Emily Gibbons spends a lot of time in thrift stores looking for props.
For her current project, some of what she needs are colored gemstones and playing cards.
The sophomore is creating costumes for the characters in “Death Ahoy,” the improv production the Carolina Forest High School International Thespian Society will perform for the Horry County Literacy Council’s fundraiser.
The literacy council’s 14th annual murder mystery/dinner will be Saturday, Jan. 25 at the Dunes Club, 9000 N. Ocean Blvd at 6 p.m.
The $50 tickets are available at www.horrycountyliteracy.org or by calling 843-945-4105.
“We try to find as many opportunities for the students to get acting experience as we possibly can,” says CFHS theatre arts teacher Terri Cox about the thespian’s involvement in the fundraiser.
Some of what the actors say is scripted, but much is improvised when the audience, trying to solve the mystery, asks the characters questions.
“The guests are very serious about solving this murder mystery, and they really enjoy grilling the students, Cox says.
“So, the students have to know their characters backwards and forwards to answer whatever questions come at them.”
Proceeds from the sit-down dinner will be used for training volunteers and for supplies, says board chairperson Annette Staehle.
The local literacy council, at 1012 16th Ave. NW, Suite 116 in Surfside Beach, is 100% volunteer, and works one-on-one with people reading below fifth-grade level, those needing help to get a GED, and to identify people who need help with English as a second language.
There is also a program for people with learning difficulties such as dyslexia.
According to the literacy council’s website, children of parents with low literacy skills have a 72% chance of being at the lowest reading levels themselves.
Of adults with low literacy skills, 43% live in poverty and 70% of welfare recipients have low literacy skills.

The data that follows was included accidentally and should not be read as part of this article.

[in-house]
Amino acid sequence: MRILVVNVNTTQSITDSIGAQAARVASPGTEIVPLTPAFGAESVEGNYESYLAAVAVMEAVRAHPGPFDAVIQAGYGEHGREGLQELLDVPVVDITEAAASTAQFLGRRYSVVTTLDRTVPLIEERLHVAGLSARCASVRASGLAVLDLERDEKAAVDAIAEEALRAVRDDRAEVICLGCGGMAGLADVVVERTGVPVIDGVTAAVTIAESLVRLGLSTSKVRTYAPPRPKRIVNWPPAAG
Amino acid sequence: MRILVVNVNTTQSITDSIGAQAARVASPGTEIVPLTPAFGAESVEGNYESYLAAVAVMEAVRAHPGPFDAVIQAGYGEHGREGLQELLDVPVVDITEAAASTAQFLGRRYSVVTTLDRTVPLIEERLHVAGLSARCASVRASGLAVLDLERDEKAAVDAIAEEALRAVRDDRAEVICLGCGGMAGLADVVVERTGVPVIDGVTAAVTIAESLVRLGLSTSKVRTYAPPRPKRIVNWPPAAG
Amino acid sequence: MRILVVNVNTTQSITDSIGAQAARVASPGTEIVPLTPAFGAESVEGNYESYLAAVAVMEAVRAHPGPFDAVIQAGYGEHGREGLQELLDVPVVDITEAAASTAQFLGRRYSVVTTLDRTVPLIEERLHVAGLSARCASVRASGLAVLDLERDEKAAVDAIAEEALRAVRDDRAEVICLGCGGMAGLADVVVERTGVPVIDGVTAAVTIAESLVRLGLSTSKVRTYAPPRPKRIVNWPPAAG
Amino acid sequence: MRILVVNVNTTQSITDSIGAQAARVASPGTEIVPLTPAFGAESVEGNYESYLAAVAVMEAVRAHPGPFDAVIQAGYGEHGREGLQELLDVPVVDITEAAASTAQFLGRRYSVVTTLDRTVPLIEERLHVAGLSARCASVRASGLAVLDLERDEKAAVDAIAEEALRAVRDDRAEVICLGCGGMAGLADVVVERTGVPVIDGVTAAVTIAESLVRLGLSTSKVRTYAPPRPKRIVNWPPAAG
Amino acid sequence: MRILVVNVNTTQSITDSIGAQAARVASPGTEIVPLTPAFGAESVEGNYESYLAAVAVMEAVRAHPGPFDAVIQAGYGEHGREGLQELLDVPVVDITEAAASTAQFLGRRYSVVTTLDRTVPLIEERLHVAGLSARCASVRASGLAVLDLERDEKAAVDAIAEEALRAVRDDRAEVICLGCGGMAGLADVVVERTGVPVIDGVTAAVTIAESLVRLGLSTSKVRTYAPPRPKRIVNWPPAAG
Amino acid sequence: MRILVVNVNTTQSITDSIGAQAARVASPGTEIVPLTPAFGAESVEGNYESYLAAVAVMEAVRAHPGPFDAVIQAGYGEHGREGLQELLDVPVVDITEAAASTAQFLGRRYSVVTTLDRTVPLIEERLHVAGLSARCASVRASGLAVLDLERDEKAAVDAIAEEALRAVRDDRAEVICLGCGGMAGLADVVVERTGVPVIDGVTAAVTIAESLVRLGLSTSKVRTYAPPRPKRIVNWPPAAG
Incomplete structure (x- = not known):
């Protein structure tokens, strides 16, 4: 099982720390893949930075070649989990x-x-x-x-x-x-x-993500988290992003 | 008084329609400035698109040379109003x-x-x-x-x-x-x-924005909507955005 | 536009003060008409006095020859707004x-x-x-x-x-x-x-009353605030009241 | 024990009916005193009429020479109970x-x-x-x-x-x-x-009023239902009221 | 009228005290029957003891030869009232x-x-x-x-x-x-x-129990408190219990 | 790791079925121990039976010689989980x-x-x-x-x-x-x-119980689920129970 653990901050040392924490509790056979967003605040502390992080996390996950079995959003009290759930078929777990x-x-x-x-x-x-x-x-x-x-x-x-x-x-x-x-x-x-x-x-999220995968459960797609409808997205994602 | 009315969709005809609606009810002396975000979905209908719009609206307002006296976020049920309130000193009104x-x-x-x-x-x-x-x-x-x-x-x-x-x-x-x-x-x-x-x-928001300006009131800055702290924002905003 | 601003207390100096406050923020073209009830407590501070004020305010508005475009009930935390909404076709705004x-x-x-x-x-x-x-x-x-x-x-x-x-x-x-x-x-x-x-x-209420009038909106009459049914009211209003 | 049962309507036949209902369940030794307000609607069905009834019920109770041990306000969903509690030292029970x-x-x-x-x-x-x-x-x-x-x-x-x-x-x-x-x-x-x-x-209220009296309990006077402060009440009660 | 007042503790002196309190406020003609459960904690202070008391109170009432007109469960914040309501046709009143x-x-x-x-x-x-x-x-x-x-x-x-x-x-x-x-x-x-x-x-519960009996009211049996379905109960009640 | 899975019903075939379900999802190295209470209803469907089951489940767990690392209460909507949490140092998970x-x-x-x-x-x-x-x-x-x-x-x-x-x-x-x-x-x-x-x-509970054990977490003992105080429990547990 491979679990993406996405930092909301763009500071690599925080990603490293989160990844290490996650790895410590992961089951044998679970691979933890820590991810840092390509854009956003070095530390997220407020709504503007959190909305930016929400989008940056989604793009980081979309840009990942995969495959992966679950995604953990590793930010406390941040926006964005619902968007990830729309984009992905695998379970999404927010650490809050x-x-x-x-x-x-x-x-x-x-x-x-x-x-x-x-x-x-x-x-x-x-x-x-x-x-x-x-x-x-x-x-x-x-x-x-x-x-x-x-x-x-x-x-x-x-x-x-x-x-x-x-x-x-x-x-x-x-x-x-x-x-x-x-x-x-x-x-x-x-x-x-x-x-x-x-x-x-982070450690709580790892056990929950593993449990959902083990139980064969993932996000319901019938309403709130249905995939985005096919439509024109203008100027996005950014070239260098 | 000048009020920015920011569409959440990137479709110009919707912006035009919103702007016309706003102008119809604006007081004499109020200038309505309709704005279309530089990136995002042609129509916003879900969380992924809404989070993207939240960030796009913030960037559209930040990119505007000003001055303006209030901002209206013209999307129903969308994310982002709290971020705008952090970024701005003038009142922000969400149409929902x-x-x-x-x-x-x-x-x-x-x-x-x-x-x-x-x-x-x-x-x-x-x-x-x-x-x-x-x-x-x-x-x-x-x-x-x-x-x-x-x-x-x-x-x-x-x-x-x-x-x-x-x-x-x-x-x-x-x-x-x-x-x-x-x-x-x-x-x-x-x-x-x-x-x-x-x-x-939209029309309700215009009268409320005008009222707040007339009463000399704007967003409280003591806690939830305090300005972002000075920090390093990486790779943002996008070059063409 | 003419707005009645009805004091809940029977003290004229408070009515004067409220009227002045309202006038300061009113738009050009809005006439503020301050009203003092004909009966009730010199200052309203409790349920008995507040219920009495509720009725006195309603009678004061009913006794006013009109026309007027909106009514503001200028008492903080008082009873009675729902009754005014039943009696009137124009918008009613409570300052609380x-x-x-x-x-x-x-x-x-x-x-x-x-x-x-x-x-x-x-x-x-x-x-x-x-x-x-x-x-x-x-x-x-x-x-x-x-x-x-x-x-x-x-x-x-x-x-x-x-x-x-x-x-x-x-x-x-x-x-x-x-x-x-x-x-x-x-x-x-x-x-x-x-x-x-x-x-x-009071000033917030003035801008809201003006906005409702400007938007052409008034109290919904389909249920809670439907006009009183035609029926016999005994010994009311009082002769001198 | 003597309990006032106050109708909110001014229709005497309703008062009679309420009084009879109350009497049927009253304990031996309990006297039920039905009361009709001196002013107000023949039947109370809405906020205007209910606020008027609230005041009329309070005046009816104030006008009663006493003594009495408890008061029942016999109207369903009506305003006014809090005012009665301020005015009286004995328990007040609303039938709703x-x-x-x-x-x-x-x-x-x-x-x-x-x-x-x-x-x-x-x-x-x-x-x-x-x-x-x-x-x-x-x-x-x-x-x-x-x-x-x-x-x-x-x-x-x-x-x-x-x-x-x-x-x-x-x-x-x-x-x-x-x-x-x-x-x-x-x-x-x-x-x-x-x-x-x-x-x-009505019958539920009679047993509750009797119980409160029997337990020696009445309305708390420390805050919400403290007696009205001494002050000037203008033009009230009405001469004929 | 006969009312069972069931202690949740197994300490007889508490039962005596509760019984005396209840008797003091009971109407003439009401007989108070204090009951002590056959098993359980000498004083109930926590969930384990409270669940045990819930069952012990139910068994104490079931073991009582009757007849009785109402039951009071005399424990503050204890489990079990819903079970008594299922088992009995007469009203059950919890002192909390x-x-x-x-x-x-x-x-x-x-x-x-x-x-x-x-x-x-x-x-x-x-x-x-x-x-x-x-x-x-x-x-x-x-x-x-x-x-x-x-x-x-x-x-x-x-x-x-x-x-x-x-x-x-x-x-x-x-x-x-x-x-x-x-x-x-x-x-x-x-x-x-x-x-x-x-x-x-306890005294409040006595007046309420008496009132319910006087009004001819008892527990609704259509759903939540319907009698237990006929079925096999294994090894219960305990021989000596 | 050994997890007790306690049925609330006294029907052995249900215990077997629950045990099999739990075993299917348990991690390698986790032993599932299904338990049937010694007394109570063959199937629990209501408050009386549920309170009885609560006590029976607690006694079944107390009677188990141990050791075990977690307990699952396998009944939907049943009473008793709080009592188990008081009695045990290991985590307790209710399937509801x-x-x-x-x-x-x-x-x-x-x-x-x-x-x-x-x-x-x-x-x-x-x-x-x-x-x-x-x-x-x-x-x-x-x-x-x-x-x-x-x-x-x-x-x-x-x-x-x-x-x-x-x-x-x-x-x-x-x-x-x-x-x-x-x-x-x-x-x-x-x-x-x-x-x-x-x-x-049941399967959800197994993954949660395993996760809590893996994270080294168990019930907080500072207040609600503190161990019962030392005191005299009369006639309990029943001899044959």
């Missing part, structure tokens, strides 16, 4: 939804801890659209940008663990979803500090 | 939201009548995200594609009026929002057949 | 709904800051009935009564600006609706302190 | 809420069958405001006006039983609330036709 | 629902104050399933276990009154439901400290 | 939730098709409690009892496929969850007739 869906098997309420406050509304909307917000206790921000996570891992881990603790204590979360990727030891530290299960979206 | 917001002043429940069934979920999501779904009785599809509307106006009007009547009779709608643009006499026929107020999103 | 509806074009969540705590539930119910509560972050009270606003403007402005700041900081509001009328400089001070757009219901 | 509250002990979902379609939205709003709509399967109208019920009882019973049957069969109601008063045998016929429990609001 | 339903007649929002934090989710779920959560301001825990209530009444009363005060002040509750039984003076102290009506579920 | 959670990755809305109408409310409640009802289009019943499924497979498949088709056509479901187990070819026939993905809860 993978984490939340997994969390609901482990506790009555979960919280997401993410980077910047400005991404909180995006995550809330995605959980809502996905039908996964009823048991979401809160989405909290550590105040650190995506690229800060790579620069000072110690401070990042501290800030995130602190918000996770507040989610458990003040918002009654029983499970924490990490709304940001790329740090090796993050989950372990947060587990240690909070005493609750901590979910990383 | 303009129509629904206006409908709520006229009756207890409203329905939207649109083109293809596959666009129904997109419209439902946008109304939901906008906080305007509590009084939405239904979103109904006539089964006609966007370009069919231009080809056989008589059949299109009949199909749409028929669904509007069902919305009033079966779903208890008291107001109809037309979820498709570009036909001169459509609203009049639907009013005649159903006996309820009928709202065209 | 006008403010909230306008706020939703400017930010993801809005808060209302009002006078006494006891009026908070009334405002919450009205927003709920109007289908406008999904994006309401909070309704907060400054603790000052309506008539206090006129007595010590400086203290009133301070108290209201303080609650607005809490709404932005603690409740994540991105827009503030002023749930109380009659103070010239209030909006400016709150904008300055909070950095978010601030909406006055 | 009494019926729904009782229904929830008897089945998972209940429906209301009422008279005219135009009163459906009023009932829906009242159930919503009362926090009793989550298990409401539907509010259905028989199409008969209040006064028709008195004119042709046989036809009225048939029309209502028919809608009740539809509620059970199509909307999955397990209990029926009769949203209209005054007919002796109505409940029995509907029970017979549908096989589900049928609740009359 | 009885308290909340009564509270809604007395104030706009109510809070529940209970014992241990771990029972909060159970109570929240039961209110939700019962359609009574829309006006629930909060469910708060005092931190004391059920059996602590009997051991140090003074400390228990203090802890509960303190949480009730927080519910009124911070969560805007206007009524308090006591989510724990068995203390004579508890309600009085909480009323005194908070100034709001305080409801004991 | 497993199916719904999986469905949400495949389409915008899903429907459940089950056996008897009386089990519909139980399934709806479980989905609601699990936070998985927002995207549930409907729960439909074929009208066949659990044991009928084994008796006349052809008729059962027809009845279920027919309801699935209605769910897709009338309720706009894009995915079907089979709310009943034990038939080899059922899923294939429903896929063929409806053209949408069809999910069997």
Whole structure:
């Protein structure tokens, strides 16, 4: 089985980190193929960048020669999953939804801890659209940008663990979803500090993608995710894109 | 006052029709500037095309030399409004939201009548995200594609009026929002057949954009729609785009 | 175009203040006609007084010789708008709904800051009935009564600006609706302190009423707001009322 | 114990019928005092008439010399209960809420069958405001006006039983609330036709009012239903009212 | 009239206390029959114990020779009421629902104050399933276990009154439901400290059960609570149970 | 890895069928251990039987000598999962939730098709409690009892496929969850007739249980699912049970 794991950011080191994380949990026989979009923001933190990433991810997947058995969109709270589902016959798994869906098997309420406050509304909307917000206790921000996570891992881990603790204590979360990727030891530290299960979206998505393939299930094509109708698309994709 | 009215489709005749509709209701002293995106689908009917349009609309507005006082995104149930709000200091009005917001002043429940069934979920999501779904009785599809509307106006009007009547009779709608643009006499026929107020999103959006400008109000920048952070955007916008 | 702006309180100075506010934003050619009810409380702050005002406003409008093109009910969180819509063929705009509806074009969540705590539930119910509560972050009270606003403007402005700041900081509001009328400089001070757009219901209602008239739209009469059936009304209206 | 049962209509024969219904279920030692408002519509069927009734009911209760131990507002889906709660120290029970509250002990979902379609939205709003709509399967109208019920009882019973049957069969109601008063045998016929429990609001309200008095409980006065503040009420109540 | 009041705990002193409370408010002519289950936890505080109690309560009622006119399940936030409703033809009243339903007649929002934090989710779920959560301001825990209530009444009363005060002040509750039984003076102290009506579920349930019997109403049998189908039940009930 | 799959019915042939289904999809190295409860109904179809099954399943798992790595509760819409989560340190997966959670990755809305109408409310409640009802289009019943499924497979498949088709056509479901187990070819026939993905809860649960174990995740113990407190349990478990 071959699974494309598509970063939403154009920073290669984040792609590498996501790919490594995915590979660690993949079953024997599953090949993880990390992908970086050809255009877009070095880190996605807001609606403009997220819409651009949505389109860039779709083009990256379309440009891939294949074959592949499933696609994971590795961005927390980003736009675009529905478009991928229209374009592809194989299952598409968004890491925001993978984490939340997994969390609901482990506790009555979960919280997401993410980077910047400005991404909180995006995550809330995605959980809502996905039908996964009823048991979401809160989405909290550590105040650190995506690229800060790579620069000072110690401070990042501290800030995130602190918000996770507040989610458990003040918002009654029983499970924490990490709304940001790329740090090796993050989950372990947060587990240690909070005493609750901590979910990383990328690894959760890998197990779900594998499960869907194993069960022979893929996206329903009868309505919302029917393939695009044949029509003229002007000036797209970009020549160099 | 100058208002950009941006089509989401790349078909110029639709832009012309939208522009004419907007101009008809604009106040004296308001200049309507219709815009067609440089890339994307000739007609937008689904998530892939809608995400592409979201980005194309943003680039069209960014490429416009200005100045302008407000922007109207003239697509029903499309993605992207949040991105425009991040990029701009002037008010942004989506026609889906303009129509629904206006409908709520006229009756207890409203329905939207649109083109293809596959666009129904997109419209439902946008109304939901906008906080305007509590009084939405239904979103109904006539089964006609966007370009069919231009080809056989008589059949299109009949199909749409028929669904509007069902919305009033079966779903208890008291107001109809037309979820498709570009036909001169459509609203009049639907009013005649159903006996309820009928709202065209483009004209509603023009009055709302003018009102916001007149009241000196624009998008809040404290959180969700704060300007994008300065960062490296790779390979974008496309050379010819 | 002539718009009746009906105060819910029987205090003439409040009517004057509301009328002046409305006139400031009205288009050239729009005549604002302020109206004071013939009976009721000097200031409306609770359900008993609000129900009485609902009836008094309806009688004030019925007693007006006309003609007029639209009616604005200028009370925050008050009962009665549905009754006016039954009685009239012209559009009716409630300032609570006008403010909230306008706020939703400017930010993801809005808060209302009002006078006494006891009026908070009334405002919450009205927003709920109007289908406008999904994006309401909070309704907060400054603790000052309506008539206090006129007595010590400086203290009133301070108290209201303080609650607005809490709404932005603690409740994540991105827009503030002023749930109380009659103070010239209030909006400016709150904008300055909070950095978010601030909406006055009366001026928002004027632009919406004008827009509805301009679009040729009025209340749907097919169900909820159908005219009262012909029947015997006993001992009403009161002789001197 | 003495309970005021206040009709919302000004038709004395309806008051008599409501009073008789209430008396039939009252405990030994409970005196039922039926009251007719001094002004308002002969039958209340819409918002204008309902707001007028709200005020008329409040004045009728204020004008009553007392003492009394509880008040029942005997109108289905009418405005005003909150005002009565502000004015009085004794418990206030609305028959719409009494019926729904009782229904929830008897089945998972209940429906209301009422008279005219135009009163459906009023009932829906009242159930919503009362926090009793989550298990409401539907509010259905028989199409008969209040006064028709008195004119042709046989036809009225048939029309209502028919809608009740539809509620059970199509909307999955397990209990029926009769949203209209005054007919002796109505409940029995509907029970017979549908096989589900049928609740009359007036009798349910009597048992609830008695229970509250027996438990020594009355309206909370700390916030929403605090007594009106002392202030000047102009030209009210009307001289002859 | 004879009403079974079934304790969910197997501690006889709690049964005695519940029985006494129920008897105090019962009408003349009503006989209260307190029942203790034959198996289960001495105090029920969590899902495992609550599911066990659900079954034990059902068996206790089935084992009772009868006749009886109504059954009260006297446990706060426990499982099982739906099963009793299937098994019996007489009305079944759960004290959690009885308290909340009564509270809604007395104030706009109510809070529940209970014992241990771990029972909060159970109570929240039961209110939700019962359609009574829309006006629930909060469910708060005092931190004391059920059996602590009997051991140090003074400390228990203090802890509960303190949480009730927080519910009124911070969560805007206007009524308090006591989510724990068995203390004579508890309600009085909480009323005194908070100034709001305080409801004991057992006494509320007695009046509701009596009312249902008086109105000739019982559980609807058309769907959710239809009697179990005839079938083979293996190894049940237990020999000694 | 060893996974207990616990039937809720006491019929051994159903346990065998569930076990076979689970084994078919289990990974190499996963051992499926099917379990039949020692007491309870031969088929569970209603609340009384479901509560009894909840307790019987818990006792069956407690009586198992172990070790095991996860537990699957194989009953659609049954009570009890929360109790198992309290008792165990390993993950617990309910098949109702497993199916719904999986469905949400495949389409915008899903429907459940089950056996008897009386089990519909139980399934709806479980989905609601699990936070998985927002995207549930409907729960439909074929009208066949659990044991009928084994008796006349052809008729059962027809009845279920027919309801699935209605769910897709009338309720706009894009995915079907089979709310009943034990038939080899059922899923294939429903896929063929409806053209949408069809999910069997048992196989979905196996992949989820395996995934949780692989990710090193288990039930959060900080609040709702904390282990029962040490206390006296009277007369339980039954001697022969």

More than $230 billion a year in health care costs are linked to low adult literacy.
Coastal Outdoor Advertising is a major sponsor of the “Death Ahoy” event which includes a silent auction.
Golf packages, airline tickets, team-signed basketballs, oil paintings and jewelry are among the items that’ll be up for auction.
In “Death Ahoy,” Gibbons adds the personal touches such as the playing cards to the gambler and the business cards to a real estate agent to help the audience remember who the characters are.
Freshman Daylon Malpass plays gambler Harv Carver, a suave-dressing conman whose character is very different from his own personality.
“We don’t say things we’d normally say, we have to constantly think what the character would say and answer that way,” he explains.
“Since most of this is not scripted, the students have to have opportunities to live and breathe as those characters before we get there,” Cox says.
“We rehearse during lunch, and they get into their costumes and we put them in situations where they have to respond in character.”
Senior Madeleine Guy brings the role of Rhoda Blogger, a billionaire, egotistical real estate tycoon.
Blogger, and several other characters in “Death Ahoy,” have what Guy calls a dark past, and the 17-year-old says it’s been a challenge to get into that darker side.
Guy’s played a golfer and a journalist in other productions, and has gotten into the mind of Blogger by keeping a journal as if she actually is the character.
“If I feel upset about something, I use that emotion and write an excerpt in my journal as if I am my character,” she says.
The young actress adds, “The best part of doing this role is that it’s helping the literacy council give people a chance to help themselves. It’s fun and it’s for a good cause.”